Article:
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Yetanotheruser's avatar

Why does my dog go crazy anytime someone (human) sneezes?

Asked by Yetanotheruser (14823 points ) March 2nd, 2011

She is an 8½ year old “Aussie/Shepherd” mix (at least that’s what they told us at the shelter). She is a pretty mellow dog most of the time, excitable by the usual things (the jingle of the leash for “walkies”, the rustle of the box of treats, etc.).

I have a tendency to sneeze rather loudly, and she has lately taken to being startled by my sneeze, and answering with a bark. At first I thought she was interpreting the sneeze as a bark, and wanted to play. Recently, though, she has just been leaving the room (quickly), or wanting to go out into the fenced-in yard.

Can anyone provide me with any insights or clues to this behavior?

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12 Answers

SpatzieLover's avatar

You scare her. Our girl dog is a “shy” dog. She runs and hides when she hears a sneeze or a loud cough.

Kardamom's avatar

Dog’s hearing is much more sensitive than humans. Imagine if hearing a sneeze (to you) were amplified ten or a hundred times. Some of my relatives have sneezes that are so loud that I’ve felt like I was going to have a heart attack or piss my pants from being startled. Imagine what it’s like for a poor doggy. If you are prone to sneezing, make sure you always have a big wad of tissues in your pocket and try to sneeze into the tissue to stifle the sound when you gotta sneeze. If you absolutely cannot help it and it startles your dog, make sure to give him/her lots of rubs and kisses and sweet talk after the fact.

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Plucky's avatar

It sounds like you are startling her. Your loud sneeze is like sneezing directly into her ear. How long have you had her? If it is a new noise to her, it will just take some time to get used to the noise. All you can do is remain calm and assure her that everything is ok ..and reward her for calm behaviour in return.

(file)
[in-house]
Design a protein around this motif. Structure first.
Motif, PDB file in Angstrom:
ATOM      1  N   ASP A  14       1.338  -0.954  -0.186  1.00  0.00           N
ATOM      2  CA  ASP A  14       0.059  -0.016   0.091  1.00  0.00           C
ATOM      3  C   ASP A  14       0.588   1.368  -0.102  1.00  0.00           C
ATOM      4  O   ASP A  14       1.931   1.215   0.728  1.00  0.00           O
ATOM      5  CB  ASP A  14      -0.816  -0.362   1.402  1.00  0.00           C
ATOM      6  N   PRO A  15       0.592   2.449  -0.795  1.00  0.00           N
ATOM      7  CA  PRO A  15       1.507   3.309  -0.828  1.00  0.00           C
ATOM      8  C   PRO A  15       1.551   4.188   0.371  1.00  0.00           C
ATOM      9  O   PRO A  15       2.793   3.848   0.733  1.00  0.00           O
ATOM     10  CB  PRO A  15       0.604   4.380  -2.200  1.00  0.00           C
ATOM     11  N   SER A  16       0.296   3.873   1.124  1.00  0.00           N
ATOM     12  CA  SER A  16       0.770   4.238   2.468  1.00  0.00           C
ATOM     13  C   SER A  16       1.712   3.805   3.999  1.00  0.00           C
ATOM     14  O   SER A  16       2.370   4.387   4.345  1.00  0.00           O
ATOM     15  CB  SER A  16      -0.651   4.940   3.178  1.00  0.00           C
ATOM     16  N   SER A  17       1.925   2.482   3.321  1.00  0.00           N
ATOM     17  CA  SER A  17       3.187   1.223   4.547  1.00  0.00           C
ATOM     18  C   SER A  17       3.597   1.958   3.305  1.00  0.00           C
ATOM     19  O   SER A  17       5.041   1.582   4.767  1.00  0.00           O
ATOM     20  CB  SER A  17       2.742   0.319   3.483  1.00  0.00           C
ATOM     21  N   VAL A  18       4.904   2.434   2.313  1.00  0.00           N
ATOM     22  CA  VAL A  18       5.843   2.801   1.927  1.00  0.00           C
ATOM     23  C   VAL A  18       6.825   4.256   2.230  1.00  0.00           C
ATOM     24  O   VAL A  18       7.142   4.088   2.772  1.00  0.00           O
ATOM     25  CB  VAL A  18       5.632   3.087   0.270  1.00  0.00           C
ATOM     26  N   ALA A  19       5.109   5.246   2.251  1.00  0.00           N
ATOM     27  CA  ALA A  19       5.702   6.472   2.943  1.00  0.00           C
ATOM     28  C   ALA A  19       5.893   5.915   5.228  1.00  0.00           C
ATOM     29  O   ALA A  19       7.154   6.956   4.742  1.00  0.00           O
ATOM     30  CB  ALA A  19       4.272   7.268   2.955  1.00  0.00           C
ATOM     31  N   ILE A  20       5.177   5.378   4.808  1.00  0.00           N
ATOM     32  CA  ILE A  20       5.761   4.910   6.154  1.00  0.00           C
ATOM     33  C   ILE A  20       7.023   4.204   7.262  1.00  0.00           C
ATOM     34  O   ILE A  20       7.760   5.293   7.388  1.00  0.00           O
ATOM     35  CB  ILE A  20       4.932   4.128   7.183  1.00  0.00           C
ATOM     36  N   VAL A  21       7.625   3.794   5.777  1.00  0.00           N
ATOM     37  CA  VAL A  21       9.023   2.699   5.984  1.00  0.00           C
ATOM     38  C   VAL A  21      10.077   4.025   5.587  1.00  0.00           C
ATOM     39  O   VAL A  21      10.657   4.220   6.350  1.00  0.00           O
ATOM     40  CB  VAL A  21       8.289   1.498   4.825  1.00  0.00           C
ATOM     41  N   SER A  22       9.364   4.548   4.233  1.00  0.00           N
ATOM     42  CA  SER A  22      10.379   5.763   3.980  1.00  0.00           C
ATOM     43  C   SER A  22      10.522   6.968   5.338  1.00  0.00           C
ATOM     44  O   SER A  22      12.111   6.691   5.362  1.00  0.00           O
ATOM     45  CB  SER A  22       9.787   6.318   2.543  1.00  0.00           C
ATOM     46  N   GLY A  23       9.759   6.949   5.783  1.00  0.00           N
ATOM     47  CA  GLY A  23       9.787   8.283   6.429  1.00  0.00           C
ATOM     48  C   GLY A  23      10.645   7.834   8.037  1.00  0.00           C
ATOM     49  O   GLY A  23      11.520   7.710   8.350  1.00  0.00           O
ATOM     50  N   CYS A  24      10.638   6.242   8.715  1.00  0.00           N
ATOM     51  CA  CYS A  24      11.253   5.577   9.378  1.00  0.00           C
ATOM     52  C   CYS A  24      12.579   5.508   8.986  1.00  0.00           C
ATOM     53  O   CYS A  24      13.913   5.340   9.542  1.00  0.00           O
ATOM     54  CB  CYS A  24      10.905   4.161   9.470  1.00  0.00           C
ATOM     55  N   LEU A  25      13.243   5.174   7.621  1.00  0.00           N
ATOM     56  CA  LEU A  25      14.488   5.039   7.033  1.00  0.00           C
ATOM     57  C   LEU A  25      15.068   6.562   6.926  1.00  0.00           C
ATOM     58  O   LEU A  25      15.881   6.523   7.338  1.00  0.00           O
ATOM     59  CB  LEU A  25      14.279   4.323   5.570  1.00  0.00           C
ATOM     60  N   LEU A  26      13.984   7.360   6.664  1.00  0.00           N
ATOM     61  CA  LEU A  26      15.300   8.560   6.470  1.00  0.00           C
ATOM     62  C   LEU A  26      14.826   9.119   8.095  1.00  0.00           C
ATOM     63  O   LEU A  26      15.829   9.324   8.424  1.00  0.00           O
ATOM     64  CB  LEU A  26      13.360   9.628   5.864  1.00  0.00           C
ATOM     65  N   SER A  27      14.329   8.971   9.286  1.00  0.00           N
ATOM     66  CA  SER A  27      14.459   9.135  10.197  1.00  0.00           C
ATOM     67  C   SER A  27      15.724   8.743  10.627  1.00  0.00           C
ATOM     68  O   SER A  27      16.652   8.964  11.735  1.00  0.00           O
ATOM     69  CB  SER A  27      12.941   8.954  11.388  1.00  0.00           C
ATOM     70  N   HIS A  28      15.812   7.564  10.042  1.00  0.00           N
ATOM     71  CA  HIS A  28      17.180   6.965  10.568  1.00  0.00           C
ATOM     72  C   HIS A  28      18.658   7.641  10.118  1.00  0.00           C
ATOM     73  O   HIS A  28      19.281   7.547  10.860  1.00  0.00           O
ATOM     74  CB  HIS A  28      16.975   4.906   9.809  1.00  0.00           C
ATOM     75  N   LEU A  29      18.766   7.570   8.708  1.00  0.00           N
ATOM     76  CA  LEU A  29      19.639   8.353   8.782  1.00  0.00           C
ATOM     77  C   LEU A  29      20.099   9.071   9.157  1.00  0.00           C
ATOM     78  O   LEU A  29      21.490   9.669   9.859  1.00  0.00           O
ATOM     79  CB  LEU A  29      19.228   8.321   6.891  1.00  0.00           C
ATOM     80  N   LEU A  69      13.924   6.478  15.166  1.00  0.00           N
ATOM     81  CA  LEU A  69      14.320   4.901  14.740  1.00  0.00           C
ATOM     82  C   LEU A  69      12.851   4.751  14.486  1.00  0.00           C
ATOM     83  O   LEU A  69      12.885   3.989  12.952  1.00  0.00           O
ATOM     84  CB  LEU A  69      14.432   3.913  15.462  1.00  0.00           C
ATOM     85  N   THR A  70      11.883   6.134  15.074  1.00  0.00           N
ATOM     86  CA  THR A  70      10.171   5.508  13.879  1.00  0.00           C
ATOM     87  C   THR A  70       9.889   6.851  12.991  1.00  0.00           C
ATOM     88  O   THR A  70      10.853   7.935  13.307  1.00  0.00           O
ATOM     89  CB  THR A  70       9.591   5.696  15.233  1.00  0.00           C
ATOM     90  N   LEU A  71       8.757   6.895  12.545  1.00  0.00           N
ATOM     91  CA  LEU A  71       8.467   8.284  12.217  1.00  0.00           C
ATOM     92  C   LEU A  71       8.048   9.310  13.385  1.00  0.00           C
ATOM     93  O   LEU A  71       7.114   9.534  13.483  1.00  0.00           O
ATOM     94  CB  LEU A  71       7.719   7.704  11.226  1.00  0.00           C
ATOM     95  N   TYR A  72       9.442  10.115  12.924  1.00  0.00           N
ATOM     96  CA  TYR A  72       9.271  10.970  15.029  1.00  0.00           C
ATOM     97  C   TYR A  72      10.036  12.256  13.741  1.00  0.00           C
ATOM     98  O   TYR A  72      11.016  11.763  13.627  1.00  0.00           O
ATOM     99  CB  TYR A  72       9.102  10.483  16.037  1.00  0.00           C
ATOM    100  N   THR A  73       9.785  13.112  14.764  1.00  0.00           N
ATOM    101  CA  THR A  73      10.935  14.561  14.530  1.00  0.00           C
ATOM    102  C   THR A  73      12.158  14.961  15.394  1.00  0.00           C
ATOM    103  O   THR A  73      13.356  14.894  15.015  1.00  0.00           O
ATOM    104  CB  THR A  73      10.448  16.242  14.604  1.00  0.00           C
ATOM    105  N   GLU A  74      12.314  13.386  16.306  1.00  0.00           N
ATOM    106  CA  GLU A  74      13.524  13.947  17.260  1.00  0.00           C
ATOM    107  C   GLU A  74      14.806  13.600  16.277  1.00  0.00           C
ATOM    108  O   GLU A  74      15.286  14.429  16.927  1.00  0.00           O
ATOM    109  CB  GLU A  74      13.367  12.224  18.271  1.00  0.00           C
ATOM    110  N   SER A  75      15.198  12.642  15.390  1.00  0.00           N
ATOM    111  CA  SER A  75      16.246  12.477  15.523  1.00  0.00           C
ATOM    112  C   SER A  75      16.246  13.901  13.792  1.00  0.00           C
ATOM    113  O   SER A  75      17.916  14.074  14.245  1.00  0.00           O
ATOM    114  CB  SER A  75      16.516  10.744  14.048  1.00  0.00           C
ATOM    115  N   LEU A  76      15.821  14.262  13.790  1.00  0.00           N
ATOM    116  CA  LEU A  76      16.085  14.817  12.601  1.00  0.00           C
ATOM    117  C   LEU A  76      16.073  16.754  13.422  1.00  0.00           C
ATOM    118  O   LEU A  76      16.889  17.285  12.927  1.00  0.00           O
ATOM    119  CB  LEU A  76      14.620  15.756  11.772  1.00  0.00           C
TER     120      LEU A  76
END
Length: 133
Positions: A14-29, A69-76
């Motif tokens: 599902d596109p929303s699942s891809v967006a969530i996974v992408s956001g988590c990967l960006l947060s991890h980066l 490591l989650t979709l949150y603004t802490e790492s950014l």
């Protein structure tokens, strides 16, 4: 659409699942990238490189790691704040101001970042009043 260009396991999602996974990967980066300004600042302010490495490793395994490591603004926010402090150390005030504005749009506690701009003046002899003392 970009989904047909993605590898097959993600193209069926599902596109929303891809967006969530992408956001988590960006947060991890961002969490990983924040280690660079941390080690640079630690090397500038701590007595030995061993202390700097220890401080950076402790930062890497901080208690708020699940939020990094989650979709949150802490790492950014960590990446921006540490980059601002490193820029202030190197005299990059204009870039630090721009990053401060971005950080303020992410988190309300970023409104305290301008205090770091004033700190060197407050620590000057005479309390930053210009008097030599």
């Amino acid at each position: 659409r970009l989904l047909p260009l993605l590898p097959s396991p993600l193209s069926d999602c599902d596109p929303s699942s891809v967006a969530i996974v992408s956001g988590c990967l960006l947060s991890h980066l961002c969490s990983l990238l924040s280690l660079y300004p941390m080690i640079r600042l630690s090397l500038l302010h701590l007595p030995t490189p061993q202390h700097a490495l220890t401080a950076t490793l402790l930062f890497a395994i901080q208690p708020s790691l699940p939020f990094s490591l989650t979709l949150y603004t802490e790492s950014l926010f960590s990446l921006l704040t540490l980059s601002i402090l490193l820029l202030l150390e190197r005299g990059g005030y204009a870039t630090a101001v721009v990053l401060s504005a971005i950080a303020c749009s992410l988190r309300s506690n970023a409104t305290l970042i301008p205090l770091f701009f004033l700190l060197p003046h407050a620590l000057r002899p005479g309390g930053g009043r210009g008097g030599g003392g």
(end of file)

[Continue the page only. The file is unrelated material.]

It’s also possible that her previous human companions had a certain routine behaviour when they sneezed ..and she is only following that routine. People are weird ..you never know.
Do you know if she was abused before you adopted her? Does she respond in the same way to other loud abrupt noises?

longtresses's avatar

If you have a smoke alarm in the house, soon your dog may develop a fear of the low-battery beeps too. Whenever one of the smoke alarms in my house beeps due to low battery, my dog would tremble like crazy. He would either leave the house or stay very close to us, and it’s impossible to get him de-conditioned to that sound. I guess it’s because it’s both very loud and coming from an unknown source.

partyparty's avatar

I think you are perhaps frightening your dog by your sudden and loud sneeze, particularly if your dog is asleep.
My dogs react the same

thorninmud's avatar

I don’t think it’s necessarily the loudness or the startling that’s the problem. We had a sheltie who went crazy over sneezes (among a wide assortment of other sounds, but especially sneezes). It was so bad that we would really try to stifle our sneezes when we were around her, and sometimes even when we would manage to hold it in she would see that we were sneezing and still go nuts. Like running-over-and-mauling-her-stuffed-toy nuts. It got to where she would start barking when she saw someone reach for a Kleenex.